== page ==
Do not tell me white privilege doesn’t exist people: I’ll just throw my father at ya’. He was able to do this because he looked competent, in that Midwestern executive way:

Dad, 1971, aged 39

Even my grandparents, who detested my father as much as they detested West Virginia, allowed that Bob had straightened himself out.

This was the milieu in which I was raised. We were conservative because conservatism worked, conservatism worked because we were conservative. My grandparents saved their money, they invested, and they became wealthy. My father was a successful entrepreneur in the Time of Reagan, thereby validating both my grandparent’s vision as well as the spirit of the new, conservative age.

“A is A”, Aristotle, by way of John Galt, “Atlas Shrugged”

And so I enter the scene, immersed in this atmosphere for about 15 years before I start becoming politically aware myself. Now I’m not going to bore you with details of my conservative beliefs for they really just boiled down to My family is getting wealthier, therefore what Reagan and Rush and Grammy are saying works, and will always work. I began to proselytize at this time, just as I do now, but this time for the Reagan revolution, smaller government, lower taxes, more. Unlike my grandparents, I did not care a whit about abortion so was comfortable with the moniker of being “socially liberal, fiscally conservative”, a early-90s way of saying “I’m a conservative who is OK with abortion” without saying “I’m a conservative who is OK with abortion”. But I knew that “we”, the Rationals (for I was about tax and economic policy) still needed the religious people on our side to get the votes, so “we” held our nose whenever abortion came up and let them have their say so we could have their votes. And, it didn’t matter, we would always outnumber them.


As mentioned, I lived in Atlanta, Georgia, from 1971 to 2000 effectively (I did go to college in Statesboro and Athens, GA). I believe that the influence of the north Atlanta suburbs on the 1990s conservative movement cannot be overstated… well, it can, but it’s definitely being understated now, that is for sure. It was where Rush Limbaugh had his first top-10 market breakout. It was where Neil Boortz got his start, going up against an even younger Sean Hannity in the hotly competitive 9am-noon talk radio slot, before Hannity was poached by Fox News. Tales of the “New South” were so dominant and persuasive, no less a figure than Tom Wolfe followed up his scathing indictment of New York City, The Bonfire of the Vanities with a withering treatment of what he called ‘the most underappreciated city in America’, Atlanta, in A Man In Full.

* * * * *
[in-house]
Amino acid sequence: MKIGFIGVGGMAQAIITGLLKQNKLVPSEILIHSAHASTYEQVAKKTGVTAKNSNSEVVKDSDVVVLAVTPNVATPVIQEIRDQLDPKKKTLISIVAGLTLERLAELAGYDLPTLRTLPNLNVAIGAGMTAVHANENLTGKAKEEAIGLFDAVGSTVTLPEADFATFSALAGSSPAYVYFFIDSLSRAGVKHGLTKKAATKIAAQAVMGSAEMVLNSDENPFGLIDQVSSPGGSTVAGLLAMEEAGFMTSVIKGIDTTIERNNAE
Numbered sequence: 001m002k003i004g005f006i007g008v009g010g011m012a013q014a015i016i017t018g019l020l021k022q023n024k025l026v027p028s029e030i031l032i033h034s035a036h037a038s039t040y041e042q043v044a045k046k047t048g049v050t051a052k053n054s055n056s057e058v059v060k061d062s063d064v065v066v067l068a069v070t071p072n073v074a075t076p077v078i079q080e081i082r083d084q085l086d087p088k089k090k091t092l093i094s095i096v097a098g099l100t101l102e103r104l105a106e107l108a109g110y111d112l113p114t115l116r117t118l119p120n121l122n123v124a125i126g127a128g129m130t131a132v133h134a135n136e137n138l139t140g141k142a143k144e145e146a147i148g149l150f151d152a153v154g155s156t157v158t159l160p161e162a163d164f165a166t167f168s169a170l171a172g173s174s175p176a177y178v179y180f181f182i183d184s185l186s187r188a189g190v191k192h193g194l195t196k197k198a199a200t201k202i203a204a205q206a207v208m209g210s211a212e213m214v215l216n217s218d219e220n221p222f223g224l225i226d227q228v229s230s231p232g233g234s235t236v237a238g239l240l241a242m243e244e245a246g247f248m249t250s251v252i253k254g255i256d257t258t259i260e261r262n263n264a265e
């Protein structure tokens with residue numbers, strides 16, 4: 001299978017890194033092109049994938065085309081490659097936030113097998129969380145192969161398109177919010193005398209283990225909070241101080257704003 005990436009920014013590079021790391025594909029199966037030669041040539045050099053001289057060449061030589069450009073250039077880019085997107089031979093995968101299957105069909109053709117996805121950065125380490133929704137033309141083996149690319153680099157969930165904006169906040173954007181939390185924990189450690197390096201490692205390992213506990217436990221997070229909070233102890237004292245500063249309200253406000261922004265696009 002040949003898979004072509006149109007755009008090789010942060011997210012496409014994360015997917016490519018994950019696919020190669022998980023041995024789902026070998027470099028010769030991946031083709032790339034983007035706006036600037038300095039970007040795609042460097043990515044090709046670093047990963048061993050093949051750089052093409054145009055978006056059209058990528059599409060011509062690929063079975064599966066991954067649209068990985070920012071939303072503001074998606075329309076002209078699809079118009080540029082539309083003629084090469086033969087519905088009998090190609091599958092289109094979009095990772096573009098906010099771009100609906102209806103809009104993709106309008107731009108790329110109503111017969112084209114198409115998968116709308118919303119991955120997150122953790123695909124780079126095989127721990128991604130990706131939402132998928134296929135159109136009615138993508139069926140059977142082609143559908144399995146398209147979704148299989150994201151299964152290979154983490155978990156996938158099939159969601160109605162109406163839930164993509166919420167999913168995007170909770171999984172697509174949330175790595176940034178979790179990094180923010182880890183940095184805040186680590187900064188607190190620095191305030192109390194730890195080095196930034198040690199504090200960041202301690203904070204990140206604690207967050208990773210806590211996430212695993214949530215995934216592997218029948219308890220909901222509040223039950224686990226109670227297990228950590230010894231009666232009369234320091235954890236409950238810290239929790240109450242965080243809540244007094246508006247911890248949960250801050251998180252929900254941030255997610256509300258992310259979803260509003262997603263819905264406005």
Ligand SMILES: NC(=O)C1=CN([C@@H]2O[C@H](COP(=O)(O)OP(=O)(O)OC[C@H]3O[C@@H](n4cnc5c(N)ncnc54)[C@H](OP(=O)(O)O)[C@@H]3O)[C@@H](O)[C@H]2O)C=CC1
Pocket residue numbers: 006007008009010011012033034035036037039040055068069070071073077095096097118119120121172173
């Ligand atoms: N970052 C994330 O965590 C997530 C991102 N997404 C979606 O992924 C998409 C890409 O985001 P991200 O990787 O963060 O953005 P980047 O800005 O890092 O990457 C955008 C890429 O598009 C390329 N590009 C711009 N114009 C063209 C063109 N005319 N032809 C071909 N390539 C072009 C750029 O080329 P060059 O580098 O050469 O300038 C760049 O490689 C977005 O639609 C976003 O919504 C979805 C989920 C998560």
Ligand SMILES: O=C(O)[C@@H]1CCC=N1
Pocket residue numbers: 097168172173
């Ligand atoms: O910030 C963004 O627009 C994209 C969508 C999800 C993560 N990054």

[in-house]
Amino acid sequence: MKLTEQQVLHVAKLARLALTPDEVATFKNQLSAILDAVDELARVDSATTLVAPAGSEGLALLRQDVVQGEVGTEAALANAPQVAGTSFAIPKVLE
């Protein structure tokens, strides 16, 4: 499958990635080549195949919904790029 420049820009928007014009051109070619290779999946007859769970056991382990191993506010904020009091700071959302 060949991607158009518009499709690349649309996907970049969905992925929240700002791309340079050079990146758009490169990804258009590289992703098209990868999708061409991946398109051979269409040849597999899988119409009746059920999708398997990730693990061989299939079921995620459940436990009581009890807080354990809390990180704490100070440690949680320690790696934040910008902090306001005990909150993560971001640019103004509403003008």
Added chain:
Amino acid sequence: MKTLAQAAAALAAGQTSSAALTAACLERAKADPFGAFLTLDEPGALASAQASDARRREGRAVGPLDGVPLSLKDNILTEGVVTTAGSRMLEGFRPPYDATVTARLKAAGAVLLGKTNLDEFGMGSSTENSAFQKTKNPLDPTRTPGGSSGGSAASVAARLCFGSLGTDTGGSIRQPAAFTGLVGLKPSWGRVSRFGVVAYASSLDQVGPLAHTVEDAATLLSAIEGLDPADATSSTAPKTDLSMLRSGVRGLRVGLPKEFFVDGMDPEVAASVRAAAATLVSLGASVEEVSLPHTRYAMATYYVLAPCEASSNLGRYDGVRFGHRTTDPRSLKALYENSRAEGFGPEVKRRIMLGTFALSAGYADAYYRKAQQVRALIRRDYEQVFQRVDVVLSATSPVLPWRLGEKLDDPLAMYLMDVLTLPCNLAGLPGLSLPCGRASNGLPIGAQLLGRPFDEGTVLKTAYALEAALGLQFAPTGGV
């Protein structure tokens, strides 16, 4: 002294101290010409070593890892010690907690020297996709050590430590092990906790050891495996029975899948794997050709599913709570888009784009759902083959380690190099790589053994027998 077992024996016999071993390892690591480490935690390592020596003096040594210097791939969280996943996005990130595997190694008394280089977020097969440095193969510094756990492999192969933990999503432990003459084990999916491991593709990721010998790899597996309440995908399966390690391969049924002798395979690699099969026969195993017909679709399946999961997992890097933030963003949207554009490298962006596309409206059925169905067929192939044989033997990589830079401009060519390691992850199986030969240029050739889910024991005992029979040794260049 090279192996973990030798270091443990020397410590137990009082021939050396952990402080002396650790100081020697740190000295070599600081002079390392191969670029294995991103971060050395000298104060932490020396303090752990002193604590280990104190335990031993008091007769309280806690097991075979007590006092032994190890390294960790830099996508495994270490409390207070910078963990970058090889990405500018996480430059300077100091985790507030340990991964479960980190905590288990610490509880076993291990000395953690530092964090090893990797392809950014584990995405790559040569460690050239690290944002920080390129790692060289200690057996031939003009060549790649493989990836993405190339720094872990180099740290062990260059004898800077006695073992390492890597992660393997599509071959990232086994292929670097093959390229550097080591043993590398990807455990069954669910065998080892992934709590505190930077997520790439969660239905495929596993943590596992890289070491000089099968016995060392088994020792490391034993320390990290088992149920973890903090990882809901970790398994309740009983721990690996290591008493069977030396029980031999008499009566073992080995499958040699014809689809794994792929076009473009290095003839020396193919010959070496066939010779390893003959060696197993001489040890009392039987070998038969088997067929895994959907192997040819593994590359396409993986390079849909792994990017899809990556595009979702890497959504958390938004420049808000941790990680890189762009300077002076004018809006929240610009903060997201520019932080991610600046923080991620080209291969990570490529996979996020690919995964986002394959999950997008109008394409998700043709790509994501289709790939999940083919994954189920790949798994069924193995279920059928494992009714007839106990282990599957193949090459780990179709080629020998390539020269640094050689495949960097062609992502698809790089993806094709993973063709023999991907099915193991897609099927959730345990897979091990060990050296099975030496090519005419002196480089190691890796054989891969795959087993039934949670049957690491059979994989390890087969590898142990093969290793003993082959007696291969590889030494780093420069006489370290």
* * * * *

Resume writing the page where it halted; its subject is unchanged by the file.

And it was where Newt Gingrich came to power.

To me, a political movement which mouthed the same values which my family espoused, those very values which obviously were validated by my family’s own success, was like flies to honey. I drank that shit up. I preached the gospel of small government, lower taxes, the Laffer curve, frugality and thrift, the wasteful Democrats who created dependency because of government handouts, the fight against Communism… but not for long, to be fair, Communism ceasing to be a threat when I was in my early 20s (Thanks, Reagan!). I celebrated the Contract With America in 1994, talking to its worthiness on whatever dial-up Prodigy forum I was on at the time. I volunteered for Gingrich, Dole, Steve Forbes, George HW Bush, Bush 2. I adored Rand, read Friedman, Hayek, some book called The True State of the Planet which argued against environmental measures, Sowell, others. I studied economics at the University of Georgia. I became more vocal, learning to debate with Scott and Gary, constantly arguing and honing our shared conservative positions. I would time my lunches to catch the best parts of the Limbaugh show. I converted my (now ex) wife, a New Deal Democrat when we met, to being a conservative…

Again, it worked. Just look at my family: we were living proof that the now-dominant capital-C Conservative movement… for by 1996, post-war liberalism was in full retreat… was the better way for all of America. And, coming to the end of 1995 or so, I was 100%, absolutely, convinced that America was on the right path with our new Conservative viewpoint.

A, after all, is A.

“To be frank, we make millions off the back of people poor and desperate enough to deliver phone books”, Robert Laird Thornton (“Dad”)

It is the small things which cause big changes for most people, I truly believe that. One may be in an abusive relationship for years, but only commit to leaving because a pitying, knowing, look was cast by a co-worker.

I mentioned this in his memorial thread, that it was when Rush Limbaugh lied about a character in the movie “Independence Day", that the questions began. First of him and his accuracy. Yeah, it was a dumb mistake, but easily corrected… and I knew that he was being told that he was wrong about this one thing… but he never corrected it. And then I started asking myself, “well, what else is this guy wrong/dishonest about?”